Population studies, conducted over long periods of time, have shown that a vegetarian diet can reduce the risk of some cancers
Population studies, conducted over long periods of time, have shown that a vegetarian diet can reduce the risk of some cancers.
A commonly researched group, the Seventh Day Adventists, most of whom follow a lacto-ovo vegetarian diet for religious reasons, have as low as half the cancer rate of an equivalent
population. One of two health studies conducted among Seventh Day Adventists at Loma Linda University in California, this one following 34,000 Adventists between 1976 and 1982, found significantly lower risk of developing cancers at most of the major cancer sites (stomach, lung, pancreas, rectum, bladder, and large intestine) in Adventists following a vegetarian diet.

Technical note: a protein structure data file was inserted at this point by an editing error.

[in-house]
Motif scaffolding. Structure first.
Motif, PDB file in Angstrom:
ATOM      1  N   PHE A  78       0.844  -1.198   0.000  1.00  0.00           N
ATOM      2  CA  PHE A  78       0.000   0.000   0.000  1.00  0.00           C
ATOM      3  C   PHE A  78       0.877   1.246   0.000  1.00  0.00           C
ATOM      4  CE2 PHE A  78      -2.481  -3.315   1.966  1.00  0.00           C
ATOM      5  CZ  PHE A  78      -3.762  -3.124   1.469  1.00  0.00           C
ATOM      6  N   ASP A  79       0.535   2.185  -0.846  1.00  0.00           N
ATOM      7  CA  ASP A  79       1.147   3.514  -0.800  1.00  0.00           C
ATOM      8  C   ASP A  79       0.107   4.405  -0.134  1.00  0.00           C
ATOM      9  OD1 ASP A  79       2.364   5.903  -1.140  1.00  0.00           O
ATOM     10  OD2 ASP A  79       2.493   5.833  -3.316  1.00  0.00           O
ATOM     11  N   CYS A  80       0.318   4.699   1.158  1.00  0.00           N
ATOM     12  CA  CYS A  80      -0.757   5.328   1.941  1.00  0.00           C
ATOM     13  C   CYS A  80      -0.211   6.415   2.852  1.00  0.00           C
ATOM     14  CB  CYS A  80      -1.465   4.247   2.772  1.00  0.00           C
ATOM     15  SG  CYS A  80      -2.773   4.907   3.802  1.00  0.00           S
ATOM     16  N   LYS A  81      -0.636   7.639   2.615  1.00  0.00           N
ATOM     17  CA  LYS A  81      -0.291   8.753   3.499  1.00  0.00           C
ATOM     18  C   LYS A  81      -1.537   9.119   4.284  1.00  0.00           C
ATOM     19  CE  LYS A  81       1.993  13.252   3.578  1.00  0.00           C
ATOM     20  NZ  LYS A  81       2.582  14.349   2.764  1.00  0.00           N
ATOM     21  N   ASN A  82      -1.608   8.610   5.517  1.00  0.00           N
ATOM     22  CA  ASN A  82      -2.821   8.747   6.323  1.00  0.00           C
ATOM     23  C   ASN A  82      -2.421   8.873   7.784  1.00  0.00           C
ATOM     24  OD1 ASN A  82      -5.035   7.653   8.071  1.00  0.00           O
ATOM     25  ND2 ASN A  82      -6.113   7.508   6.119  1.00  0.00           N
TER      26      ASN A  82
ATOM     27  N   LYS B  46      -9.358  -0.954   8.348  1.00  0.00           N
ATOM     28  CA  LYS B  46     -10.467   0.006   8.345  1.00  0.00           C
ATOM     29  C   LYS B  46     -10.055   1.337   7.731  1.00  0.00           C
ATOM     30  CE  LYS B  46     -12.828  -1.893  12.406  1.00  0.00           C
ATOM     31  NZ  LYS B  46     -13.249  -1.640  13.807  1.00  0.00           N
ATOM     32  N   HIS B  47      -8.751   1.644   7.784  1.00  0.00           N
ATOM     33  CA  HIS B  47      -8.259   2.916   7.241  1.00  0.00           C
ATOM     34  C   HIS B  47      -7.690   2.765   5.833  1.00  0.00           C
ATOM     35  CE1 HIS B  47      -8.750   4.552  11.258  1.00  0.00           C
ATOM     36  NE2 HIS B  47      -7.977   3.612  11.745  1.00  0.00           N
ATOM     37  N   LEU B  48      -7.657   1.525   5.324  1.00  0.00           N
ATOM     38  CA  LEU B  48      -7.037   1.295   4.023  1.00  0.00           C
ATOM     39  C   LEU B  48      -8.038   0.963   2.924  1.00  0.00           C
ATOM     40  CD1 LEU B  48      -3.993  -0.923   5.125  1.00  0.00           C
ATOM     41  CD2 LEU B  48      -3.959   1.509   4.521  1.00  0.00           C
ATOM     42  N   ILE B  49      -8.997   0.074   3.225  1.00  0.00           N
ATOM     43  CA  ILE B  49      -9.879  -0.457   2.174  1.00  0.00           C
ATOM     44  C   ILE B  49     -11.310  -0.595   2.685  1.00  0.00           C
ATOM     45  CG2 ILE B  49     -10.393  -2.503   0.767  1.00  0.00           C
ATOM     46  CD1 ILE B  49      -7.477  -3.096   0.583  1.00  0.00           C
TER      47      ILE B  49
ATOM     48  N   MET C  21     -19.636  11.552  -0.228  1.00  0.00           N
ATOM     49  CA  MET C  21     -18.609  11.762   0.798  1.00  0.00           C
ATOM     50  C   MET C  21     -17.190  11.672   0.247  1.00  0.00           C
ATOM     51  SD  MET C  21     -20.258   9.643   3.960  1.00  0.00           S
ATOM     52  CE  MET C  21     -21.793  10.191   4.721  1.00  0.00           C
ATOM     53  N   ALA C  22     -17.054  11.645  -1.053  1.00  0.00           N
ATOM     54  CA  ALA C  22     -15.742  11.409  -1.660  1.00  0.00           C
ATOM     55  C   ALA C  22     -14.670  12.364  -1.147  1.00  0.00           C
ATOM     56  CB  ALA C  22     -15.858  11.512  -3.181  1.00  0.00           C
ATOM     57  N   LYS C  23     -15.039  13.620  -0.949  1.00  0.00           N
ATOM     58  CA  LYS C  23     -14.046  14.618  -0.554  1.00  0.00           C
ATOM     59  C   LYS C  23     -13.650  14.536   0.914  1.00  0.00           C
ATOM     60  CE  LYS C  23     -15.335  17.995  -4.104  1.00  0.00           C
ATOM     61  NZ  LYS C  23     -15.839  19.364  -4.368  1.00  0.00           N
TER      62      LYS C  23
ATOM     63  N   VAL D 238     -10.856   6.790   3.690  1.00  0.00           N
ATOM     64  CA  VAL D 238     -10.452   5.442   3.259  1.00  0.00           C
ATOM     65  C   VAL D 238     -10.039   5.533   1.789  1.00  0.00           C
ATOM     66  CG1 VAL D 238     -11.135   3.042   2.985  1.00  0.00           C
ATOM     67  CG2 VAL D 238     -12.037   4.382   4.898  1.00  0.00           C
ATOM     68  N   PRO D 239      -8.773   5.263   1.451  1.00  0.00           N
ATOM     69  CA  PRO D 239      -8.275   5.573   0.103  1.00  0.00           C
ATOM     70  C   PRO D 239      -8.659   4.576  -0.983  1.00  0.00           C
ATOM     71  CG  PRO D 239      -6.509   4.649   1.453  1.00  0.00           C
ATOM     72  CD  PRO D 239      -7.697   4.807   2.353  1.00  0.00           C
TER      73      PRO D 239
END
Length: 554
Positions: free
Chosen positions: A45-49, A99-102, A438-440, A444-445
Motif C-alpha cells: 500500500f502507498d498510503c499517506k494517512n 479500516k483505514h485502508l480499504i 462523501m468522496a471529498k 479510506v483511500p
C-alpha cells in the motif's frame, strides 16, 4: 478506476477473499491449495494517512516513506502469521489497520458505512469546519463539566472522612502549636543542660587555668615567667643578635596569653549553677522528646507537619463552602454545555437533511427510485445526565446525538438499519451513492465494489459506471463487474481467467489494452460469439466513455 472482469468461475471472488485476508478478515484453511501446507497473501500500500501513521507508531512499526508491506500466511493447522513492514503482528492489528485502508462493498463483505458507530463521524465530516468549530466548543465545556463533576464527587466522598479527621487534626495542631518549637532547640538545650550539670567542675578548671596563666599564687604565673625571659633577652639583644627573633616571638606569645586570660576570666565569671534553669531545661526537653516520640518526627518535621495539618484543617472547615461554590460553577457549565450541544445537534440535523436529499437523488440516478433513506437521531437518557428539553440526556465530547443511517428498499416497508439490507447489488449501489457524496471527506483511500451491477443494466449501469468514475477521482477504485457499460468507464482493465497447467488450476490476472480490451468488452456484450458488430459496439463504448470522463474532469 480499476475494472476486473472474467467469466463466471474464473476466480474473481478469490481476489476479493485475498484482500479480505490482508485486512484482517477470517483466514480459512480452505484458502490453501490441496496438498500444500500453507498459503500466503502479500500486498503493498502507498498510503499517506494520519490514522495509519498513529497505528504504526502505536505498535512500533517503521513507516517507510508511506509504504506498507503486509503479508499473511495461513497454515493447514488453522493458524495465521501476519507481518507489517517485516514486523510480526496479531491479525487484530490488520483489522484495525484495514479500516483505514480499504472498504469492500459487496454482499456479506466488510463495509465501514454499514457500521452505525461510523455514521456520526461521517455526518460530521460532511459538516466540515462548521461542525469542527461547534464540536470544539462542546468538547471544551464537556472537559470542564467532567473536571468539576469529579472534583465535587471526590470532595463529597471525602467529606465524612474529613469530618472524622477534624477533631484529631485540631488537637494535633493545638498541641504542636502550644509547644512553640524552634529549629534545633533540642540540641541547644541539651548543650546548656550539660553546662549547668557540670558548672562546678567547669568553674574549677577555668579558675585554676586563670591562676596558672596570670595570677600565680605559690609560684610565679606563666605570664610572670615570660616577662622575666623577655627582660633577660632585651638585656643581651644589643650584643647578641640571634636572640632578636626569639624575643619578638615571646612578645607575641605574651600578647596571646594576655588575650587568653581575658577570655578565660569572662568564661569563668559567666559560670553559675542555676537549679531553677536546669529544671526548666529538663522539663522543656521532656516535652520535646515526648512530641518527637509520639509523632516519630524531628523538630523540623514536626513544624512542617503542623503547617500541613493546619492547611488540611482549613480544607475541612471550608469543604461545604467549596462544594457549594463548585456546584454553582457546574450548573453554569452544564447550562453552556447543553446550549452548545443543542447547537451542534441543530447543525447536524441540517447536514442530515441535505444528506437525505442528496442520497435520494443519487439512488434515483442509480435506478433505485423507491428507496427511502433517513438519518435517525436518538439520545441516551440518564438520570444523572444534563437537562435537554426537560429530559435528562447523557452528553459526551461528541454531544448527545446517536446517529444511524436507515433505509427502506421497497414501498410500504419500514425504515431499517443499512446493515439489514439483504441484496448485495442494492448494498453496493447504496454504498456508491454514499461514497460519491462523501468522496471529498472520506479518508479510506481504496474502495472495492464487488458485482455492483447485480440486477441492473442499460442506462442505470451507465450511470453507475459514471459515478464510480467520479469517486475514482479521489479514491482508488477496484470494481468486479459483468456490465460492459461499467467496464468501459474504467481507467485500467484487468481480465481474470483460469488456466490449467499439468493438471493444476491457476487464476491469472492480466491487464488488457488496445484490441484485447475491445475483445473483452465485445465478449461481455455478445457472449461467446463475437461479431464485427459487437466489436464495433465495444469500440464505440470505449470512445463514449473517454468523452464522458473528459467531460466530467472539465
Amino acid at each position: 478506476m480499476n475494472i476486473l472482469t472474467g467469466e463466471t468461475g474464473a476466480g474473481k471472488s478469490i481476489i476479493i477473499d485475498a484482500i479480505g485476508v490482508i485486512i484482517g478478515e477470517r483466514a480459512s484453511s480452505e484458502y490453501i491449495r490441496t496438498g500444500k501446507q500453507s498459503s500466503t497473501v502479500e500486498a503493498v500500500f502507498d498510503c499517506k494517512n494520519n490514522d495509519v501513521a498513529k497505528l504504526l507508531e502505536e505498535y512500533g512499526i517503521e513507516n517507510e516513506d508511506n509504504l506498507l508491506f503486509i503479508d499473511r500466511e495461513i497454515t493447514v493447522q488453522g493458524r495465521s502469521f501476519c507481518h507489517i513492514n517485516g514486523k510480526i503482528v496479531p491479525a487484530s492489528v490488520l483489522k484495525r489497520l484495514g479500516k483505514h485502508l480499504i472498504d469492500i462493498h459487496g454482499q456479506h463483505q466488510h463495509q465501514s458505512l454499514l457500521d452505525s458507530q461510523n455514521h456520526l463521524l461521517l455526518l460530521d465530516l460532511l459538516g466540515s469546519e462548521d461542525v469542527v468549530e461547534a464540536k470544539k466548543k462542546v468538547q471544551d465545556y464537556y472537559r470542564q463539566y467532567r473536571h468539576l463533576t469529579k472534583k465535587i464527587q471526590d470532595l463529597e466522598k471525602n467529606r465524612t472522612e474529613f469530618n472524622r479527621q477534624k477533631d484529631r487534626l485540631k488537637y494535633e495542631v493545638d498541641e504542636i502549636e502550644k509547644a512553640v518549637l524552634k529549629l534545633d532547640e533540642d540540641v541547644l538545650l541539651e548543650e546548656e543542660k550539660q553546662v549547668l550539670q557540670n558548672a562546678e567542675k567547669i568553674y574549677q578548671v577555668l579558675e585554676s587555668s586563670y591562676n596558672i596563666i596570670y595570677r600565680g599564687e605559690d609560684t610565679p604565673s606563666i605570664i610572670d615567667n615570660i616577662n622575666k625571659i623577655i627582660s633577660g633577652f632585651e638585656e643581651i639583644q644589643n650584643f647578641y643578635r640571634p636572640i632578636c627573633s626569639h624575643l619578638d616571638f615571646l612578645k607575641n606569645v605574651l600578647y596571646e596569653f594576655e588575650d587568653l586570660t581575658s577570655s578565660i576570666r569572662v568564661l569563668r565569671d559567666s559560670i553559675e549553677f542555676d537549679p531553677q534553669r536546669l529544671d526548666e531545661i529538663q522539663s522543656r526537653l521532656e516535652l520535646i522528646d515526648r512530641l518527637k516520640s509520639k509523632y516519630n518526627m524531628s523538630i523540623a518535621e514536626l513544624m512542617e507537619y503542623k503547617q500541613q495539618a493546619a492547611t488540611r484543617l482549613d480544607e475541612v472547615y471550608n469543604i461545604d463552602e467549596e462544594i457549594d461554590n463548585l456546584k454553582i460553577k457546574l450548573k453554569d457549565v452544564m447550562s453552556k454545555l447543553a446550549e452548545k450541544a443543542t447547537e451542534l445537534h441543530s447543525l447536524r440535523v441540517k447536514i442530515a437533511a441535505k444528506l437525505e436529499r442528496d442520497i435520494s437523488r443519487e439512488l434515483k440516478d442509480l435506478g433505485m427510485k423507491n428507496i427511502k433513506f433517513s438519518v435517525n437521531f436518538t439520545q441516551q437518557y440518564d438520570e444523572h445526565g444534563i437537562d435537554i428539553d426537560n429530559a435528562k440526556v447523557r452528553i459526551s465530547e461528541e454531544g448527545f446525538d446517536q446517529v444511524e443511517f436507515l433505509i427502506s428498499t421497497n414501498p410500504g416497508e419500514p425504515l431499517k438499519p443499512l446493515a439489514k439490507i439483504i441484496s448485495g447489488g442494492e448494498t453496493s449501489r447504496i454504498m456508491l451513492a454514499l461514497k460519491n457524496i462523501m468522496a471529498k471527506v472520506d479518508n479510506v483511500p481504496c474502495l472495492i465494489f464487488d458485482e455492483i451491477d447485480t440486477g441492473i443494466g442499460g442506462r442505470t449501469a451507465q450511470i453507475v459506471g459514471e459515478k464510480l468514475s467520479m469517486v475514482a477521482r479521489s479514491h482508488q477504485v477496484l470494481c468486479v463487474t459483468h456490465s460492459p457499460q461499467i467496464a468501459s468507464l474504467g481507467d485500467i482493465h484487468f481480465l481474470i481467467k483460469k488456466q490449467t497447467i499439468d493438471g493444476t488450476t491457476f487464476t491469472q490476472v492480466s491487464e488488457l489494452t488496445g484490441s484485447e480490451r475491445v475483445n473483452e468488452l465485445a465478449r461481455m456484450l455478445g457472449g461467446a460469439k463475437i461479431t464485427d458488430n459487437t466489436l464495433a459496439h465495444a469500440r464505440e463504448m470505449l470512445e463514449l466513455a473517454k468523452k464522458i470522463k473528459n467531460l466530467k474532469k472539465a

A larger health study among 125,000 Seventh Day Adventists is now enrolling study participants across the US and Canada. This 10-year study is expected to further determine the effects of a vegetarian diet on cancer incidence (see adventisthealthstudy.org).
Researchers will need to take into account that most vegetarians generally do not smoke and only occasionally drink alcohol.